Meanwhile, Peiqiang is up still up on the space station all alone and powerless while the annoyingly efficient operating system MOSS attempts to frustrate his efforts to save the Earth in service of its own mission to preserve humanity’s legacy. MOSS has made a series of calculations and given up, but giving up is not a very human trait and Peiqiang won’t do it. He makes impassioned speeches to the French-accented global authorities and ponders the best way to ensure his son’s survival even at the cost of his own but finally can only resist by literally attacking the system in overruling MOSS and acting on his own initiative.

A New Year tale through and through, The Wandering Earth is a celebration of family, togetherness, and home but is careful to dial down the patriotism for an insistence on the importance of mutual cooperation between peoples in order to combat existential threat with the spectre of climate change always on the horizon. The point, however, is that it is important to keep hope alive, if not for yourself then at least for others rather than give in to nihilistic despair. The Wandering Earth, grand and ambitious in scale, marks a new dawn of its own in terms of Chinese blockbuster sci-fi and does so with refreshing positivity as it places its hopes in human solidarity and individual sacrifice over jingoism and self-interest.


Currently available to stream on Netflix in the UK and possibly other territories.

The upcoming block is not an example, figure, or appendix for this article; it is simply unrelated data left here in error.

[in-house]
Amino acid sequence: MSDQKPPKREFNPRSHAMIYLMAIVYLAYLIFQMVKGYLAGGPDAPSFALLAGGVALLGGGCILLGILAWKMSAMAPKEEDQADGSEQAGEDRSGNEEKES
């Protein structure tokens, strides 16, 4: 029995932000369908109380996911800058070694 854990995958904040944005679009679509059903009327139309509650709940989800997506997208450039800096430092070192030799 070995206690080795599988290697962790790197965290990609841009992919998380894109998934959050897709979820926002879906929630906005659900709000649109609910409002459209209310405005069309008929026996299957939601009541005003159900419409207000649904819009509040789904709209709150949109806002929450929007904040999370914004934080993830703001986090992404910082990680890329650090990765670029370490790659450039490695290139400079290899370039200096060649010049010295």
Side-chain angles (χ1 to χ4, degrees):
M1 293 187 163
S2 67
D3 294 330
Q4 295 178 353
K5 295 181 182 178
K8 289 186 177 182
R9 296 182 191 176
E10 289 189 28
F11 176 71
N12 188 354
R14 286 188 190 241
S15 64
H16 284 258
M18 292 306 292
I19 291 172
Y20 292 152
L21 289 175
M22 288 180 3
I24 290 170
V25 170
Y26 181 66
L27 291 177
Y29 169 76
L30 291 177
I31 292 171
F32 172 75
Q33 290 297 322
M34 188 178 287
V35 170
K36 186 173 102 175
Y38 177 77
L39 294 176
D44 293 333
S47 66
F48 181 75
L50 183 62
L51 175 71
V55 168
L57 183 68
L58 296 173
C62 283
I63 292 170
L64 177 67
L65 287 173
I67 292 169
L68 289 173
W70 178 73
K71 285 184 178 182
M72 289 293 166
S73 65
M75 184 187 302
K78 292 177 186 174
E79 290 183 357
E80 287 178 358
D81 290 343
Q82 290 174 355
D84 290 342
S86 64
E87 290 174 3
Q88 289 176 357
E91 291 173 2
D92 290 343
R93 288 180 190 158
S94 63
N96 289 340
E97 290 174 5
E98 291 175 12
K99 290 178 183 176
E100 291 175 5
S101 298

Netflix trailer (English subtitles)

Only Cloud Knows (只有芸知道, Feng Xiaogang, 2019)

930161b9ca654d4cac056b550c6d0542If contemporary Chinese cinema has one message, it’s come home to China. Feng Xiaogang, however, has never been keen to go with the flow for all of his occasionally problematic affection for the nation as it was before the ‘80s reforms. A co-production with New Zealand, unabashed romantic tearjerker Only Cloud Knows (只有芸知道, Z Yǒu Yún Zdào) seems primed to speak directly to the diaspora audience, asking if perhaps the meaning of the word “home” has changed, less place than people and, therefore, infinitely portable.

In the present day, recently widowed Dongfeng/Simon (Huang Xuan) prepares to say goodbye to his late wife, Yun/Jennifer (Yang Caiyu), by travelling back through their long years together facing many ups and downs as they strove to make a life for themselves in the laidback greenery of the New Zealand countryside. Dongfeng travels first to the small town where they started a humble restaurant, cooking the kind of food Westerners expect rather than the authentic Chinese dishes they fear no one will try, and using their English names “for convenience”. While there they employ a friendly waitress, Melinda (Lydia Peckham), who is something of a free spirit saving up money to travel to distant lands, touring Asia and Africa.

Though they are blissfully happy, life is not without its difficulties. Working so hard to make the restaurant a success leaves them with time for little else and wondering if they’ve perhaps lost sight of something important. Dongfeng no longer plays his flute, and Yun worries that he’s sacrificed a part of himself to provide for her, becoming a slightly different person in the process. Obsessed with blue whales, Yun craves protection and security, the kind of things many associate with a building a stable home, but she also yearns for freedom and for something more than ordinary happiness. Minor resentment creeps in born of that central contradiction. Dongfeng wants to give Yun the kind of security he assumes she needs by betting everything on the restaurant, but all she really wants is him.